Six months out, both types of massage were still linked to improved function, Cherkin said, but after one year, pain and function was almost equal in all three groups.
Noting that most Americans will experience low back pain during their lifetime, Cherkin said another benefit of massage is its relative safety.
"Maybe one of 10 patients felt pain during or after massage, but most of those thought it was a 'good pain,'" he said. "A good massage therapist will be in tune with the patient and will ask what hurts."
One of the study's weaknesses was that those who were assigned to usual care knew that others were receiving massage therapy and may have been disappointed to be excluded, tainting their reported improvement, said Dr. Robert Duarte, director of the Pain and Headache Treatment Center at North Shore-LIJ Health System in Manhasset, N.Y.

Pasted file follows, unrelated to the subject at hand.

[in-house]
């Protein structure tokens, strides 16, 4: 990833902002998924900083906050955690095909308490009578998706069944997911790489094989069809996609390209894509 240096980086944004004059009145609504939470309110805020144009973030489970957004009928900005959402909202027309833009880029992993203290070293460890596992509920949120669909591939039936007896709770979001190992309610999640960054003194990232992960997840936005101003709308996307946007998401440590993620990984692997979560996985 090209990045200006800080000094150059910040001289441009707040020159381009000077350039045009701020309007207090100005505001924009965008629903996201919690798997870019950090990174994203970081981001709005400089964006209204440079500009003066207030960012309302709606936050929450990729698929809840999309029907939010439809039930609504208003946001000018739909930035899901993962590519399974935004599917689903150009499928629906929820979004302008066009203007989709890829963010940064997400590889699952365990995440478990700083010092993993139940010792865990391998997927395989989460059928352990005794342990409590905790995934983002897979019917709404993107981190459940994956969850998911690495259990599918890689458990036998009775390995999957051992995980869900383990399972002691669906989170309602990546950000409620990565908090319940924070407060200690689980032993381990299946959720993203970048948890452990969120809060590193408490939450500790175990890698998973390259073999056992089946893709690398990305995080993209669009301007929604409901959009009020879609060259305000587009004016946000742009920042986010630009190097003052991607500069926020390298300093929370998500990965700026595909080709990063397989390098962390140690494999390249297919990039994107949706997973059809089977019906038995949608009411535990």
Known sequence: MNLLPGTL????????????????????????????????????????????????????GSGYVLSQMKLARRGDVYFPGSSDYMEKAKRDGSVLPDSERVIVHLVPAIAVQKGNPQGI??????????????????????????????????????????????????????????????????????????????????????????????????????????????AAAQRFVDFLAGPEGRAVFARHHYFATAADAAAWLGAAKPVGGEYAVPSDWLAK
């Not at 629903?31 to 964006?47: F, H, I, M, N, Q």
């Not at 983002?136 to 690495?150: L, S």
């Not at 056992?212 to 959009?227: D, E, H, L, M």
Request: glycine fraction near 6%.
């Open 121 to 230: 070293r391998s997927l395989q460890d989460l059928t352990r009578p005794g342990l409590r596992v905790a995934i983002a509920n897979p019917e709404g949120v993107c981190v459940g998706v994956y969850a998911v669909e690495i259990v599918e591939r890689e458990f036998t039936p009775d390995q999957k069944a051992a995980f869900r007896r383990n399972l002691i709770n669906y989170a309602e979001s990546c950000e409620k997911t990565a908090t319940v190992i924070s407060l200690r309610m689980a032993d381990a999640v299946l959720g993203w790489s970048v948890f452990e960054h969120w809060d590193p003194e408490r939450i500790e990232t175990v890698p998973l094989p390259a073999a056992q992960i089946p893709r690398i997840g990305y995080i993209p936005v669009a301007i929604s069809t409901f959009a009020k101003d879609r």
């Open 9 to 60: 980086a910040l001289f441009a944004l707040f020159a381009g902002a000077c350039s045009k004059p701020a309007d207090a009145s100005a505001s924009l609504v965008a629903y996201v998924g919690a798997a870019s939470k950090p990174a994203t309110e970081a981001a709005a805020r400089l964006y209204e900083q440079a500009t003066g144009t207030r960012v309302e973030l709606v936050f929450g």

"I think massage therapy can be useful for patients with back pain, but more as a . . . supplemental therapy," Duarte added.
The U.S. National Institute of Neurological Disorders and Stroke has more on low back pain.
SOURCES: Daniel Cherkin, Ph.D., director, Group Health Research Institute, Seattle; Robert Duarte, M.D., director, Pain and Headache Treatment Center, North Shore-LIJ Health System, Manhasset, N.Y.; July 5, 2011, Annals of Internal Medicine
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